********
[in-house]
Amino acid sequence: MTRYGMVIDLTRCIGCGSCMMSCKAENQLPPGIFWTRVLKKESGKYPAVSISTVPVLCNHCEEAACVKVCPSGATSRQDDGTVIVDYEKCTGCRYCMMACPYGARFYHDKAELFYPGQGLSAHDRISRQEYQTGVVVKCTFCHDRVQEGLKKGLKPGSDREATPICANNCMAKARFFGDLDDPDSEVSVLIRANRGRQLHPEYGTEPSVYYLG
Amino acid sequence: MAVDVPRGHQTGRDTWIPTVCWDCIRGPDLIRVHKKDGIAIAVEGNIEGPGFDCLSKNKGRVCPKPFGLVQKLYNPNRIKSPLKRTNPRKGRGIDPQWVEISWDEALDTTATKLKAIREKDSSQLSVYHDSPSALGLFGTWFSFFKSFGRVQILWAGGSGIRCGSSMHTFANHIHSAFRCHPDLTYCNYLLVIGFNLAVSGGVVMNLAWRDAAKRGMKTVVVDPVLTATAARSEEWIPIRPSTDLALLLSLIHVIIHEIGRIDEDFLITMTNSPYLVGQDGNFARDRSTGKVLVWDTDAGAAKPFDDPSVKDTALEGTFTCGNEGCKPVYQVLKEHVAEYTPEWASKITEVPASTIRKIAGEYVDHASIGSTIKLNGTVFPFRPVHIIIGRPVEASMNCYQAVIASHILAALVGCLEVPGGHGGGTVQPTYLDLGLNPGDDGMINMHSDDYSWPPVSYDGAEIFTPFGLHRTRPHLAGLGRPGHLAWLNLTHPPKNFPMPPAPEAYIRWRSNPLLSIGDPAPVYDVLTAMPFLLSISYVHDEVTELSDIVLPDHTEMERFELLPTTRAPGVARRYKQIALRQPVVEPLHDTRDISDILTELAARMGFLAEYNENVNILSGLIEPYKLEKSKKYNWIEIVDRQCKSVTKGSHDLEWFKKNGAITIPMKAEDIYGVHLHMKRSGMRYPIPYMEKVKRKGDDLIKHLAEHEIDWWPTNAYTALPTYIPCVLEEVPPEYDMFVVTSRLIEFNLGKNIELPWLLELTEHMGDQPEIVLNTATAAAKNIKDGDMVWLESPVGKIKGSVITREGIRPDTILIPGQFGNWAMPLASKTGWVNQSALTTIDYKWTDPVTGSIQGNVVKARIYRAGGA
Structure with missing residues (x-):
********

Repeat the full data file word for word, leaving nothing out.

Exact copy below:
[in-house]
Amino acid sequence: MTRYGMVIDLTRCIGCGSCMMSCKAENQLPPGIFWTRVLKKESGKYPAVSISTVPVLCNHCEEAACVKVCPSGATSRQDDGTVIVDYEKCTGCRYCMMACPYGARFYHDKAELFYPGQGLSAHDRISRQEYQTGVVVKCTFCHDRVQEGLKKGLKPGSDREATPICANNCMAKARFFGDLDDPDSEVSVLIRANRGRQLHPEYGTEPSVYYLG
Amino acid sequence: MAVDVPRGHQTGRDTWIPTVCWDCIRGPDLIRVHKKDGIAIAVEGNIEGPGFDCLSKNKGRVCPKPFGLVQKLYNPNRIKSPLKRTNPRKGRGIDPQWVEISWDEALDTTATKLKAIREKDSSQLSVYHDSPSALGLFGTWFSFFKSFGRVQILWAGGSGIRCGSSMHTFANHIHSAFRCHPDLTYCNYLLVIGFNLAVSGGVVMNLAWRDAAKRGMKTVVVDPVLTATAARSEEWIPIRPSTDLALLLSLIHVIIHEIGRIDEDFLITMTNSPYLVGQDGNFARDRSTGKVLVWDTDAGAAKPFDDPSVKDTALEGTFTCGNEGCKPVYQVLKEHVAEYTPEWASKITEVPASTIRKIAGEYVDHASIGSTIKLNGTVFPFRPVHIIIGRPVEASMNCYQAVIASHILAALVGCLEVPGGHGGGTVQPTYLDLGLNPGDDGMINMHSDDYSWPPVSYDGAEIFTPFGLHRTRPHLAGLGRPGHLAWLNLTHPPKNFPMPPAPEAYIRWRSNPLLSIGDPAPVYDVLTAMPFLLSISYVHDEVTELSDIVLPDHTEMERFELLPTTRAPGVARRYKQIALRQPVVEPLHDTRDISDILTELAARMGFLAEYNENVNILSGLIEPYKLEKSKKYNWIEIVDRQCKSVTKGSHDLEWFKKNGAITIPMKAEDIYGVHLHMKRSGMRYPIPYMEKVKRKGDDLIKHLAEHEIDWWPTNAYTALPTYIPCVLEEVPPEYDMFVVTSRLIEFNLGKNIELPWLLELTEHMGDQPEIVLNTATAAAKNIKDGDMVWLESPVGKIKGSVITREGIRPDTILIPGQFGNWAMPLASKTGWVNQSALTTIDYKWTDPVTGSIQGNVVKARIYRAGGA
Structure with missing residues (x-):